We went to the hall in the back of the sanctuary where the tables were set beautifully for the sit down dinner. I was overwhelmed by the beauty of the setting. The caterers had done an excellent job. During the dinner we walked around to each table and thanked everybody personally for coming to our wedding. The dinner was served punctually. It was well prepared and well served. I had tears in my eyes during the whole ceremony. We had one hundred and twenty people at the wedding, ninety five percent of these were friends we had in common. So, it became the event of the month. Everyone mentioned to us how proper and meaningful the ceremony had been and what a thrill it was to have a positive event for people at our age. Which was true, considering that we had all met for funerals many times during the previous year. The greatest thrill for me was that, besides Robert and his family, Rochelle, with her husband John was there to share in this simcha (joyous event). It was a little over a year since we were re-united. In no way can I describe my emotion to have her sitting next to me at the main table during the dinner after the service. She loves Vera and she was genuinely happy for me which gave me a great moral support during this emotional time.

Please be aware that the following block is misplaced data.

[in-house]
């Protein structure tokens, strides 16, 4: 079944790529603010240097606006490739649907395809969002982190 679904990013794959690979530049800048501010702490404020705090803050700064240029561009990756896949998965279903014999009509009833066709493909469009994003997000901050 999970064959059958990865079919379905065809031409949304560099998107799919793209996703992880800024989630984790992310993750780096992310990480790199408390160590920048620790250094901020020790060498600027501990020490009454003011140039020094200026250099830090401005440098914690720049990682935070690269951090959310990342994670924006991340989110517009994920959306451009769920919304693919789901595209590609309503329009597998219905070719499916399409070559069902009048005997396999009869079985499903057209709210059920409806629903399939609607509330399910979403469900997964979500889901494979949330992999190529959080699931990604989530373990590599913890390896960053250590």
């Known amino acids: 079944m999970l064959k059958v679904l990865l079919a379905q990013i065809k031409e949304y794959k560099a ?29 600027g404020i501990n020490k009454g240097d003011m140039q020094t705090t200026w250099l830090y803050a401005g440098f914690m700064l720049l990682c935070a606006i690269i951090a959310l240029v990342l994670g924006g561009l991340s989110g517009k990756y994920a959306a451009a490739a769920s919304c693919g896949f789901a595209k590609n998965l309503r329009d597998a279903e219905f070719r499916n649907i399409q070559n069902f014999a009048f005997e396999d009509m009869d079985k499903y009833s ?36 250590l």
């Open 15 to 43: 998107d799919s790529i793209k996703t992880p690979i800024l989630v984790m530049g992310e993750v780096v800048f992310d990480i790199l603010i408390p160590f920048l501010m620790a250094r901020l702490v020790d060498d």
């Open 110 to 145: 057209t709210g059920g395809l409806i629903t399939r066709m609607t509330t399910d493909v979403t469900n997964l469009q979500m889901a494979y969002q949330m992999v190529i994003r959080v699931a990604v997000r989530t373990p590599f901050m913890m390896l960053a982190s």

During that time we were busy selling our respective homes and looking for a house to move into. We both felt that we did not want to start our new lives in the house where we had lived with our previous spouses. Vera was lucky: she sold her house within a few days. Her house was only one and a half years old and was therefore easier to sell. We were also lucky that we found a house we both liked and within the price range we had set and within the area we wanted to move. Everything happened in the proper time so that we could move out of Vera's house and into our new home shortly before the wedding day. The problem was that I would not have the money for the house until after I sold my house. And now I was lucky. I mentioned before how all throughout my life things happened which prepared me for the next step in my life. Well, here is another example.
As I told you before, my house was completely repainted inside and outside, recarpeted and with new drapes and a new tile floor in the kitchen. It also had a new roof and the parking lot had been repaved recently. It showed beautifully to prospective buyers and I was able to sell this twenty two year old townhouse within three months for the price I wanted, just in time to pay for our new house. As a matter of fact, I received the payment for my house on the same day we had to pay for our house. It was just like a miracle.
Next -> CHAPTER 20: A NEW LIFE